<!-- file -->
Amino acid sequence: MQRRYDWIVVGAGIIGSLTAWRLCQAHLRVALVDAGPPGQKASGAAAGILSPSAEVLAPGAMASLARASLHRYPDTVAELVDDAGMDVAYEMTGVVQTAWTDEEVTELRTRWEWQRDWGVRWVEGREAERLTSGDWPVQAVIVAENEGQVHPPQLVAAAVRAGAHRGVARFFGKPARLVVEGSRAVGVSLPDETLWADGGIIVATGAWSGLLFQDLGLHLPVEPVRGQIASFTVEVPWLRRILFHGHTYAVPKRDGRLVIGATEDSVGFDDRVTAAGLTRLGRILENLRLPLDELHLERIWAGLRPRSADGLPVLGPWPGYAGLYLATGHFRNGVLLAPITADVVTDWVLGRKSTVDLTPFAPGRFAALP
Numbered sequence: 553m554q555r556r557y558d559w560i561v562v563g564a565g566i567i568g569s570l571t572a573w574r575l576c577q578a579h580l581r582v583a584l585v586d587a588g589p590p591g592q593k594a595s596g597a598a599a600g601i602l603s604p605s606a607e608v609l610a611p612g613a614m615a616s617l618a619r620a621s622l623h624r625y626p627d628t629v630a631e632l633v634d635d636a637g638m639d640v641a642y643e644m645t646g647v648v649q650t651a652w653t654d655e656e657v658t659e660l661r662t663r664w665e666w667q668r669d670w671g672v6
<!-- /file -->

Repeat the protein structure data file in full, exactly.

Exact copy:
Amino acid sequence: MQRRYDWIVVGAGIIGSLTAWRLCQAHLRVALVDAGPPGQKASGAAAGILSPSAEVLAPGAMASLARASLHRYPDTVAELVDDAGMDVAYEMTGVVQTAWTDEEVTELRTRWEWQRDWGVRWVEGREAERLTSGDWPVQAVIVAENEGQVHPPQLVAAAVRAGAHRGVARFFGKPARLVVEGSRAVGVSLPDETLWADGGIIVATGAWSGLLFQDLGLHLPVEPVRGQIASFTVEVPWLRRILFHGHTYAVPKRDGRLVIGATEDSVGFDDRVTAAGLTRLGRILENLRLPLDELHLERIWAGLRPRSADGLPVLGPWPGYAGLYLATGHFRNGVLLAPITADVVTDWVLGRKSTVDLTPFAPGRFAALP
Numbered sequence: 553m554q555r556r557y558d559w560i561v562v563g564a565g566i567i568g569s570l571t572a573w574r575l576c577q578a579h580l581r582v583a584l585v586d587a588g589p590p591g592q593k594a595s596g597a598a599a600g601i602l603s604p605s606a607e608v609l610a611p612g613a614m615a616s617l618a619r620a621s622l623h624r625y626p627d628t629v630a631e632l633v634d635d636a637g638m639d640v641a642y643e644m645t646g647v648v649q650t651a652w653t654d655e656e657v658t659e660l661r662t663r664w665e666w667q668r669d670w671g672v6